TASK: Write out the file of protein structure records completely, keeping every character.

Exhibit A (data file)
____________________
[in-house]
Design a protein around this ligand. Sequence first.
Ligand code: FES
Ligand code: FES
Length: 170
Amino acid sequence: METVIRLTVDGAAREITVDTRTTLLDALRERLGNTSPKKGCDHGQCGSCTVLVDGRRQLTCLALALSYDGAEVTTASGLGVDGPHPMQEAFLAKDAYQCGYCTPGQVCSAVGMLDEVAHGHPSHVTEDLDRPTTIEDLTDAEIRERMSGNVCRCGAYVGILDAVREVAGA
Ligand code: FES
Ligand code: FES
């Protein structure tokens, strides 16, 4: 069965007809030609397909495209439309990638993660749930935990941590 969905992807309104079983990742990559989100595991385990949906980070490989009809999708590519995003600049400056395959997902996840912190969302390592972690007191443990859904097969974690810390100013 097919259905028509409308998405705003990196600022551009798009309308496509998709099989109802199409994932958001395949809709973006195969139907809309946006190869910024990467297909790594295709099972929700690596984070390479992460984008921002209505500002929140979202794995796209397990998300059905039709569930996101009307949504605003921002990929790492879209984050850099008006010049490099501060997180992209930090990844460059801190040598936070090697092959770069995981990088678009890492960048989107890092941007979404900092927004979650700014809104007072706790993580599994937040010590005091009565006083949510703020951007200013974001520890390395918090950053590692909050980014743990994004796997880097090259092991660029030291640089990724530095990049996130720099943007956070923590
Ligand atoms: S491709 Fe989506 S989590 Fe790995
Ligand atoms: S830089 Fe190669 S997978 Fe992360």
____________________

[in-house]
Design a protein around this ligand. Sequence first.
Ligand code: FES
Ligand code: FES
Length: 170
Amino acid sequence: METVIRLTVDGAAREITVDTRTTLLDALRERLGNTSPKKGCDHGQCGSCTVLVDGRRQLTCLALALSYDGAEVTTASGLGVDGPHPMQEAFLAKDAYQCGYCTPGQVCSAVGMLDEVAHGHPSHVTEDLDRPTTIEDLTDAEIRERMSGNVCRCGAYVGILDAVREVAGA
Ligand code: FES
Ligand code: FES
């Protein structure tokens, strides 16, 4: 069965007809030609397909495209439309990638993660749930935990941590 969905992807309104079983990742990559989100595991385990949906980070490989009809999708590519995003600049400056395959997902996840912190969302390592972690007191443990859904097969974690810390100013 097919259905028509409308998405705003990196600022551009798009309308496509998709099989109802199409994932958001395949809709973006195969139907809309946006190869910024990467297909790594295709099972929700690596984070390479992460984008921002209505500002929140979202794995796209397990998300059905039709569930996101009307949504605003921002990929790492879209984050850099008006010049490099501060997180992209930090990844460059801190040598936070090697092959770069995981990088678009890492960048989107890092941007979404900092927004979650700014809104007072706790993580599994937040010590005091009565006083949510703020951007200013974001520890390395918090950053590692909050980014743990994004796997880097090259092991660029030291640089990724530095990049996130720099943007956070923590
Ligand atoms: S491709 Fe989506 S989590 Fe790995
Ligand atoms: S830089 Fe190669 S997978 Fe992360």